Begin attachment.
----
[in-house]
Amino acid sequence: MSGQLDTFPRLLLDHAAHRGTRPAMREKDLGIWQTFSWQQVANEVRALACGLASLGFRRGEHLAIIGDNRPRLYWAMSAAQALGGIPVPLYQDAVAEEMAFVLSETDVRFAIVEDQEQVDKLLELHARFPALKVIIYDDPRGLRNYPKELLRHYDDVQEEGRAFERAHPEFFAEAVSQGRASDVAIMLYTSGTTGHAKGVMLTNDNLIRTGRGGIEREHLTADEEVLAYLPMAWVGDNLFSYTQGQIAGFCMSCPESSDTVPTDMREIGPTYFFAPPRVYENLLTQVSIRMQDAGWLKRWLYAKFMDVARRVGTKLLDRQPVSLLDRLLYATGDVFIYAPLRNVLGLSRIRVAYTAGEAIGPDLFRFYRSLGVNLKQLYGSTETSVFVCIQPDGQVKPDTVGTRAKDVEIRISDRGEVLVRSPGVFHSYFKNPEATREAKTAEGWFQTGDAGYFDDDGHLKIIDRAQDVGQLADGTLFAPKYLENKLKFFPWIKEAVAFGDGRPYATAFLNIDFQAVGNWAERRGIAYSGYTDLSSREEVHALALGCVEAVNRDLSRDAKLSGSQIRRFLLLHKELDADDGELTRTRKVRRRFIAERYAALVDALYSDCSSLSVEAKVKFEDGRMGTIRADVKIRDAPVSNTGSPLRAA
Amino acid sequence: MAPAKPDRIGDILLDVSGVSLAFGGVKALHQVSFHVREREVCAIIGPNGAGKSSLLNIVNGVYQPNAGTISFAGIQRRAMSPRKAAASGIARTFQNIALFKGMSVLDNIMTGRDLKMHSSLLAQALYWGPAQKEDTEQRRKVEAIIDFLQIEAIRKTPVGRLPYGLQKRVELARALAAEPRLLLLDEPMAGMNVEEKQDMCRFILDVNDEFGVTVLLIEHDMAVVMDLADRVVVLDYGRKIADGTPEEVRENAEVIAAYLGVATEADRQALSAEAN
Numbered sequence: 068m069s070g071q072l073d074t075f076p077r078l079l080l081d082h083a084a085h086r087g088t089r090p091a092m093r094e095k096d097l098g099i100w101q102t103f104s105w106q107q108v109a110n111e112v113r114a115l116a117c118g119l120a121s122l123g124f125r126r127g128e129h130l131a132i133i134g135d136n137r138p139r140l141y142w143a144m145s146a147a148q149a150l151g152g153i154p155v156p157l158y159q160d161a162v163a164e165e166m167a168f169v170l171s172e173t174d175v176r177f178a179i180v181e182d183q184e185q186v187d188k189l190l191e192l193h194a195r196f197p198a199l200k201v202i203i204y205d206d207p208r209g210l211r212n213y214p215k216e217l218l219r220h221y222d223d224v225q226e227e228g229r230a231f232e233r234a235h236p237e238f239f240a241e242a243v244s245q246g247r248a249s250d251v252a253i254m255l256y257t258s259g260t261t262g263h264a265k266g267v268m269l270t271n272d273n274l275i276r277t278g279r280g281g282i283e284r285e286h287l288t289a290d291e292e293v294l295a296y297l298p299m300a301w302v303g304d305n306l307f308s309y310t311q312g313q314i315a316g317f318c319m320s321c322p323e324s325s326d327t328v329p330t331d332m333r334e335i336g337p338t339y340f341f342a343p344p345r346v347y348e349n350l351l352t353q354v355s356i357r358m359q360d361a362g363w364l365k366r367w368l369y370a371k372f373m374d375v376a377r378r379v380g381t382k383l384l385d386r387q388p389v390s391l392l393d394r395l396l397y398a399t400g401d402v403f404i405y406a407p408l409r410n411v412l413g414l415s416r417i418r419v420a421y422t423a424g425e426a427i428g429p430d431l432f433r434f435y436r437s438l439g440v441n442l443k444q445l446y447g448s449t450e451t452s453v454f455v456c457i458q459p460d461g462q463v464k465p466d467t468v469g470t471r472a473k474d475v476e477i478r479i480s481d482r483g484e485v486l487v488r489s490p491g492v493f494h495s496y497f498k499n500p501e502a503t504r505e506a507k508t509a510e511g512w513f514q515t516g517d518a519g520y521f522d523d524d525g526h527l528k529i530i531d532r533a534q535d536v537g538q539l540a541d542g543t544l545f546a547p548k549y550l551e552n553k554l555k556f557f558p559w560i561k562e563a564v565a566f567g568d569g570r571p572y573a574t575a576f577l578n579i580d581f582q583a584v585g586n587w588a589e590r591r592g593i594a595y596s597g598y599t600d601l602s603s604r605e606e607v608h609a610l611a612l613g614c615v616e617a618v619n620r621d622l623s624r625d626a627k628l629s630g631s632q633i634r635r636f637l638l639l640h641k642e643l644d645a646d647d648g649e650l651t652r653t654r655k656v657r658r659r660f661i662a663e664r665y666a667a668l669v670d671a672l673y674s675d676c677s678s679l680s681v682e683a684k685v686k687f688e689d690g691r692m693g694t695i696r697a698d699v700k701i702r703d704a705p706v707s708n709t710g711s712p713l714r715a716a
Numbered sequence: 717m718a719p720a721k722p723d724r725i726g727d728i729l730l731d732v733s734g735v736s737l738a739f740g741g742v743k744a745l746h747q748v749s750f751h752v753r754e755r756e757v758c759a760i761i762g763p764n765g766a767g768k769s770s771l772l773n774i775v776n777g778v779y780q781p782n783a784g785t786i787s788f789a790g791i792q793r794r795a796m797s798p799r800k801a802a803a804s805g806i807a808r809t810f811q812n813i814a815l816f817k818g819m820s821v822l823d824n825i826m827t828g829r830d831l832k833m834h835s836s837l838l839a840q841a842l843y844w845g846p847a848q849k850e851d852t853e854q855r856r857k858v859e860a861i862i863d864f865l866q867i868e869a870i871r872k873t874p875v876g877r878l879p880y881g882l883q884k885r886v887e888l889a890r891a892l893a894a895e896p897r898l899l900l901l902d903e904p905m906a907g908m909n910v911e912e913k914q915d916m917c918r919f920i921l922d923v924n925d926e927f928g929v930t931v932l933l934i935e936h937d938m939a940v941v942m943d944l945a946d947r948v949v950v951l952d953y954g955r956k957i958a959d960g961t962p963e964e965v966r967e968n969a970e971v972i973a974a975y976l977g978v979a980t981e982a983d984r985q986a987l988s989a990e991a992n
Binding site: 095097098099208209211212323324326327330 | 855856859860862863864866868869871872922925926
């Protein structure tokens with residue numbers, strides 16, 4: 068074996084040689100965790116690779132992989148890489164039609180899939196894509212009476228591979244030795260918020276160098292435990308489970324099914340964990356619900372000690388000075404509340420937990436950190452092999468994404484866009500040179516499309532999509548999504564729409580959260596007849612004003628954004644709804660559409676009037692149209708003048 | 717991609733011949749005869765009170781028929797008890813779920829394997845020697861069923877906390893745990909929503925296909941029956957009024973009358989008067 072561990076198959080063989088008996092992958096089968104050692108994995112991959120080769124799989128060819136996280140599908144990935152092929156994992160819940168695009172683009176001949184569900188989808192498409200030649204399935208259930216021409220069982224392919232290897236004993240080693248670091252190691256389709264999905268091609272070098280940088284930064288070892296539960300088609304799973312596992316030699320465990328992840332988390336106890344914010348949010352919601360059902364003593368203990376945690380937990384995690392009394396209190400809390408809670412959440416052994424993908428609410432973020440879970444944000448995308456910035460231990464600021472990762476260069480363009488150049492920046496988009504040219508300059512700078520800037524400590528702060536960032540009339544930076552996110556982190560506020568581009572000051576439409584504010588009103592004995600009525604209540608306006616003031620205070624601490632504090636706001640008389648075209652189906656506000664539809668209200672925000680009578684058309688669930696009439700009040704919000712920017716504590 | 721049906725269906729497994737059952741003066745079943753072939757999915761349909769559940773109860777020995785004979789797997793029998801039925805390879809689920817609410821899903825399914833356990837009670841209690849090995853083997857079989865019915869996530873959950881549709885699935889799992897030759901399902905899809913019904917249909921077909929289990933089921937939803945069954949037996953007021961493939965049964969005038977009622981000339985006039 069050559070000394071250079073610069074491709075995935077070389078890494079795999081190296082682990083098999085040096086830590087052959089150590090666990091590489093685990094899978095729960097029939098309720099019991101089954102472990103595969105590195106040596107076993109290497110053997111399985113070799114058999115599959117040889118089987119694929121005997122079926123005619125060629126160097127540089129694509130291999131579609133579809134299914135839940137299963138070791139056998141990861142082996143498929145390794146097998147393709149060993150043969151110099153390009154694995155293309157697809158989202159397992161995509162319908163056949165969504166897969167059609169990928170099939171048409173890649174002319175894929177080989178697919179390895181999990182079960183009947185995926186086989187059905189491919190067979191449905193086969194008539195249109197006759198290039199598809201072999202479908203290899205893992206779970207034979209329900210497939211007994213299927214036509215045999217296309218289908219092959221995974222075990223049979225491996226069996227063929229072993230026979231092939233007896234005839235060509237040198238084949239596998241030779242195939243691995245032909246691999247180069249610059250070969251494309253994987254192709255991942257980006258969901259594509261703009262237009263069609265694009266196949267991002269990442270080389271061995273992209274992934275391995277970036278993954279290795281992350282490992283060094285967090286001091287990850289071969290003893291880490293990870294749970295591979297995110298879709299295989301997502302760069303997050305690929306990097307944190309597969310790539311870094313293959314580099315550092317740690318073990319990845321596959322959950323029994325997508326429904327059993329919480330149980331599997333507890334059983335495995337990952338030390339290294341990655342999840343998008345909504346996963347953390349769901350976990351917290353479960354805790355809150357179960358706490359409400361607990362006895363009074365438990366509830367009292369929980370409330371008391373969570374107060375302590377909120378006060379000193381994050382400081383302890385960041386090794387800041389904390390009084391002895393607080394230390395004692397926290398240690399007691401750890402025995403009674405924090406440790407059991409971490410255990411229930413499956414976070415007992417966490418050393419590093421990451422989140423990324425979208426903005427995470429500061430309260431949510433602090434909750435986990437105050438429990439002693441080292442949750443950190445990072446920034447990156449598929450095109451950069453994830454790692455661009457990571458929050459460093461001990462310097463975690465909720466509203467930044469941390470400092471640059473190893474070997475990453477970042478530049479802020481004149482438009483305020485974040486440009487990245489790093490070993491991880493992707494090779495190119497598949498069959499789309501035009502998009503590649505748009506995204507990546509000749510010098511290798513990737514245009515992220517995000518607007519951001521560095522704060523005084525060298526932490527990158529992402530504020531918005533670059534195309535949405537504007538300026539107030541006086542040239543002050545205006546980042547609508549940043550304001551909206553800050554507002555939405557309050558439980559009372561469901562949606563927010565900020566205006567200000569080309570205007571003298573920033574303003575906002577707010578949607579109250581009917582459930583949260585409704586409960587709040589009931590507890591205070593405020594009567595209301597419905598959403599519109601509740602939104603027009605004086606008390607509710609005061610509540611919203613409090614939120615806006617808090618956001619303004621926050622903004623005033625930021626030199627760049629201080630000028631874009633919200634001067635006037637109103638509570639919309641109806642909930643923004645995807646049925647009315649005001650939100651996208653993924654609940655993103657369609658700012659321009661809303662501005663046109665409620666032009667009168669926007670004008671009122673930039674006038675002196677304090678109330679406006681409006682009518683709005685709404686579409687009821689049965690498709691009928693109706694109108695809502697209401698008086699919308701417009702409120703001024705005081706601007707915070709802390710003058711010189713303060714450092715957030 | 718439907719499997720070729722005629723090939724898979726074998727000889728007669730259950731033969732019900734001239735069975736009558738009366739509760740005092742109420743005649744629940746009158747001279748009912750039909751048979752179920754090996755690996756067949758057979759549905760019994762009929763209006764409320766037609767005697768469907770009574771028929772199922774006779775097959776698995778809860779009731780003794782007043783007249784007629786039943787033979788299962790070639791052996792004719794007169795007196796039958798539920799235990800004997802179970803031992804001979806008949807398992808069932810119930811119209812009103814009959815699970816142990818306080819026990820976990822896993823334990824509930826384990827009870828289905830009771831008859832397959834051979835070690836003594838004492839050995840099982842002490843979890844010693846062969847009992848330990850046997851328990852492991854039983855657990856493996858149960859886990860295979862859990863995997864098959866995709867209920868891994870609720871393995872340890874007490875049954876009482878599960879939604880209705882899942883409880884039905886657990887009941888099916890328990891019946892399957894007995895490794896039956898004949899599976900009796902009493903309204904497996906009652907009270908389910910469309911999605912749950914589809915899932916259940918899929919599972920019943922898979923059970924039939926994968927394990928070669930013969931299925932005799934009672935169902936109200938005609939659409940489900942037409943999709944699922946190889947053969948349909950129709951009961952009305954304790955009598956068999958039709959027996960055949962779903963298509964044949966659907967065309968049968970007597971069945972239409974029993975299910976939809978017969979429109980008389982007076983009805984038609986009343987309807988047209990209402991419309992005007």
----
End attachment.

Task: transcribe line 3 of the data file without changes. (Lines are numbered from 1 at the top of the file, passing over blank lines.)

Amino acid sequence: MAPAKPDRIGDILLDVSGVSLAFGGVKALHQVSFHVREREVCAIIGPNGAGKSSLLNIVNGVYQPNAGTISFAGIQRRAMSPRKAAASGIARTFQNIALFKGMSVLDNIMTGRDLKMHSSLLAQALYWGPAQKEDTEQRRKVEAIIDFLQIEAIRKTPVGRLPYGLQKRVELARALAAEPRLLLLDEPMAGMNVEEKQDMCRFILDVNDEFGVTVLLIEHDMAVVMDLADRVVVLDYGRKIADGTPEEVRENAEVIAAYLGVATEADRQALSAEAN